NAIROBI (Reuters) - It had all the trappings of a proper polling station - ballot-boxes, pots of indelible ink, registration lists and a dozen election officials dutifully seated behind school desks. The only things missing were the voters.
In Nairobi’s Kibera slum, a hot-bed of support for veteran opposition leader Raila Odinga, many young men failed to heed his call for a peaceful stay-away from Thursday’s election, a re-run of an August presidential vote annulled by the courts.
After opening six hours late because of a lack of security, the polling station at Kibera’s Olympic Primary School came under attack from stone-throwing youths determined to ward off any voters.
Police at the gates responded with volleys of tear gas followed by live rounds, sending gangs of youths chanting slogans against President Uhuru Kenyatta scurrying for cover in the warren of streets and tin-shacks next to the school walls.
Riot officers then sealed off the area, making it impossible for even residents to get through, let alone would-be voters prepared to run the gauntlet of pro-Odinga peer pressure.
“I don’t want to vote. I just want to go to my home,” said 24-year-old Kevin Ouma-Sigiria, after being turned back by armed riot police blocking the rubble-strewn road 500 metres (1500 feet) from the school.
As he spoke, another man tried to talk his way through the road-block, only to receive a prod in the chest from a wooden club, followed by a nonchalant whack around the ankles.
“There is a crisis up there,” one of the riot officers, who idenitified himself only as Kevin, said. “If they come one-by-one, that’s OK. But if they gather again, the crisis will get bigger.”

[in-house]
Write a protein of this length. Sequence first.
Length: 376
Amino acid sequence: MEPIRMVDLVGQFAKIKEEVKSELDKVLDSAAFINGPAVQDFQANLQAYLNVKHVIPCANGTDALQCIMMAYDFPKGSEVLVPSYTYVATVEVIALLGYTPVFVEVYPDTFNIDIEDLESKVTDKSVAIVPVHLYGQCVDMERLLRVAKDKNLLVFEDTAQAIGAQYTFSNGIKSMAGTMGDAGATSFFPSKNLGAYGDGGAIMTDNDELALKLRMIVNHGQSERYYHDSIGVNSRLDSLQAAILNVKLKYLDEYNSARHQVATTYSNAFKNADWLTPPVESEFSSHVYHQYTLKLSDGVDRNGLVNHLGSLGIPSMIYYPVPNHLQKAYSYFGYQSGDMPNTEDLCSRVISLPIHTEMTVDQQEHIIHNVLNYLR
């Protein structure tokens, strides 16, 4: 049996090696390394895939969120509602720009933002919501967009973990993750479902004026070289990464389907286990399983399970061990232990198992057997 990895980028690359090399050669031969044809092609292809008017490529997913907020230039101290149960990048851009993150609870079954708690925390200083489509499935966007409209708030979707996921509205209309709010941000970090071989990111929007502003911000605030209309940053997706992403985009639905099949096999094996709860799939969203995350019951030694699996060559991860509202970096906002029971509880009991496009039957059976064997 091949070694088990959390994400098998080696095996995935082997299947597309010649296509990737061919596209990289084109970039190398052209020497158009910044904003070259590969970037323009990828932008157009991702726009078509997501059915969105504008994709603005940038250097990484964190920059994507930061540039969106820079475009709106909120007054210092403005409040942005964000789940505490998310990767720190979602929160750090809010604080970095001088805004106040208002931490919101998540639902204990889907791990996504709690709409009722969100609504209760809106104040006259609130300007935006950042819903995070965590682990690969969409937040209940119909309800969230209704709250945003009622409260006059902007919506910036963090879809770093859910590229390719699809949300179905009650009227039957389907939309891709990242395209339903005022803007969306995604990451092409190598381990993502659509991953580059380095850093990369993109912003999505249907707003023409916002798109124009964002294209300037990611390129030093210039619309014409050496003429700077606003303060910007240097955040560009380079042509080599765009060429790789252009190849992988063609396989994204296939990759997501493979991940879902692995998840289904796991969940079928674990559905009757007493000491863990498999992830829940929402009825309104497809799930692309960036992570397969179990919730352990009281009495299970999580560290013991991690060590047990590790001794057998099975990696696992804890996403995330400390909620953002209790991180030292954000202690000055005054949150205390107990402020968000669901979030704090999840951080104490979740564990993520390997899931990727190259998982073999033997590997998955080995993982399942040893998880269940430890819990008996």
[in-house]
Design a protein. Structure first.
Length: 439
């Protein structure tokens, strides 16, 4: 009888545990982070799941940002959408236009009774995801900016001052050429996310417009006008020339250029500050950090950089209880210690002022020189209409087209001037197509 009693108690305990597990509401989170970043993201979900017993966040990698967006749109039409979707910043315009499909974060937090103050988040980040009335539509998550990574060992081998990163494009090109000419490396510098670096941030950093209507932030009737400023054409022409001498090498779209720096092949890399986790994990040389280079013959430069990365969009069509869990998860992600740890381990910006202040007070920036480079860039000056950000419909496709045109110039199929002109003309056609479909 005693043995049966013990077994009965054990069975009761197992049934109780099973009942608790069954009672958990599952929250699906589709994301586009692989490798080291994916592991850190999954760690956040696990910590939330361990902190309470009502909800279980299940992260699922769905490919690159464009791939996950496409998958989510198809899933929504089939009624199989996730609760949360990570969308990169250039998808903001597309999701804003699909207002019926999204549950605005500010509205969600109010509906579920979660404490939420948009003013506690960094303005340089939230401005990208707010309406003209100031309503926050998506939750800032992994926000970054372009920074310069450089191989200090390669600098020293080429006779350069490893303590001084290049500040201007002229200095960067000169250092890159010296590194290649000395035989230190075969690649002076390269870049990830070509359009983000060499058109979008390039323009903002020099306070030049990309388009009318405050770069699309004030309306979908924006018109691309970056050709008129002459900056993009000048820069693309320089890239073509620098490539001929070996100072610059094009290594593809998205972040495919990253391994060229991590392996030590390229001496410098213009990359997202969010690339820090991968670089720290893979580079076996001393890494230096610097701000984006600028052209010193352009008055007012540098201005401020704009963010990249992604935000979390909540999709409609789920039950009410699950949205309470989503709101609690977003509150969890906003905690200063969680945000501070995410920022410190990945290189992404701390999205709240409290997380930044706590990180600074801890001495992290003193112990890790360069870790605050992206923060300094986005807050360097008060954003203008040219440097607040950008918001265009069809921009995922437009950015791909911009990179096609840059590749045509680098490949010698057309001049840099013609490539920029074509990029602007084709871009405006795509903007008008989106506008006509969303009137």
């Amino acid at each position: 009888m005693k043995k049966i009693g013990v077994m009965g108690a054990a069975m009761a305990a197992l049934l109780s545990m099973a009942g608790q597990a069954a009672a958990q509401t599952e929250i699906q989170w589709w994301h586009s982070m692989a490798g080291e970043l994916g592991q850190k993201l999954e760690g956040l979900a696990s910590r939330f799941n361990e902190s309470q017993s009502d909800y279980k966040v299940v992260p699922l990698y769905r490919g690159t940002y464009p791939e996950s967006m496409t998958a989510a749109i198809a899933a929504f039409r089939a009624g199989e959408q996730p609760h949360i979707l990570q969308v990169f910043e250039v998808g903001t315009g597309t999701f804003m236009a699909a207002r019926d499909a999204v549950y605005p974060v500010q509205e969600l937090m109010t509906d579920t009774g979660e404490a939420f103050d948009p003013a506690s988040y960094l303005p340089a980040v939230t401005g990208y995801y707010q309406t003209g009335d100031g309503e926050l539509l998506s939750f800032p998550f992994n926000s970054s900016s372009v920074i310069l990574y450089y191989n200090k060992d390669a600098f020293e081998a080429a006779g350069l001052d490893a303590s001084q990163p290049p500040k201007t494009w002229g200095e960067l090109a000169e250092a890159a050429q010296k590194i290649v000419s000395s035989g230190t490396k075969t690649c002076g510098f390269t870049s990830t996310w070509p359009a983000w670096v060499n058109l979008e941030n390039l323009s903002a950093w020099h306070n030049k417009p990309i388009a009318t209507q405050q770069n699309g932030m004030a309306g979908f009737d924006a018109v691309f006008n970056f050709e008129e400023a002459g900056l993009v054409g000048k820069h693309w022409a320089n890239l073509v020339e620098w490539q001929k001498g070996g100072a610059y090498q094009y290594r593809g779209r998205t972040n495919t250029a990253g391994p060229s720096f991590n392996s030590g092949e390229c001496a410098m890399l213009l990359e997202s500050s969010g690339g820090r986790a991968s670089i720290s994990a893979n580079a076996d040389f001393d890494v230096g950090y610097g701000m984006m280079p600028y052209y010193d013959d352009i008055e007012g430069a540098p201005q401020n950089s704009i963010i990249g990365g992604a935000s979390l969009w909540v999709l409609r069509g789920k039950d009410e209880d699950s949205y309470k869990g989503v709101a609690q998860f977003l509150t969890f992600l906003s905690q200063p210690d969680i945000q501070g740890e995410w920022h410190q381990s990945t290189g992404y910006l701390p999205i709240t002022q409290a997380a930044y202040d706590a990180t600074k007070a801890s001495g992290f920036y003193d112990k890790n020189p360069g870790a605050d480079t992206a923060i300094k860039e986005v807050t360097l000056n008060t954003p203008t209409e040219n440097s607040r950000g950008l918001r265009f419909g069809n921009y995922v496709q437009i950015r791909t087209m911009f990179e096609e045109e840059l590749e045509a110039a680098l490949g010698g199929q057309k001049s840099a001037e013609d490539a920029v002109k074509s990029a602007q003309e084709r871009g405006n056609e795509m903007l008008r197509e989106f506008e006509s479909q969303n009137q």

Moments later, 35-year-old Said Mohammed scurried down the street in the opposite direction with his wife and three small children to pack them off to relatives living up-country.
“It’s not good for their health,” he said, clutching his children’s hands as the pop of exloding tear-gas grenades echoed across the tin roof-tops.
Other opposition strongholds in western Kenya saw similar unrest, causing the election commission to postpone voting there until the weekend - although there is little prospect of a 48-hour delay yielding a different outcome.
In Kibera, polling station staff should have slept overnight at the Olympic school but were unable to do so because of fear of being attacked. As it was, they arrived under armed escort at 10am - four hours after voting was meant to start.
The ballot boxes, also escorted by a heavily armed police contingent, arrived an hour after that - not that there was any chance of them being used.
“Nobody is going to vote here today,” said Olympic deputy presiding officer Jaqueline Onuko, blithely tucking into a sandwich as rocks clanged against the metal roof of the classroom-cum-polling station.
“The first time around was very busy...They were here queueing at 3 in the morning. Now nobody is going to come. They are scared of both the police and their neighbours.”
Reporting by Ed Cropley; editing by Ralph Boulton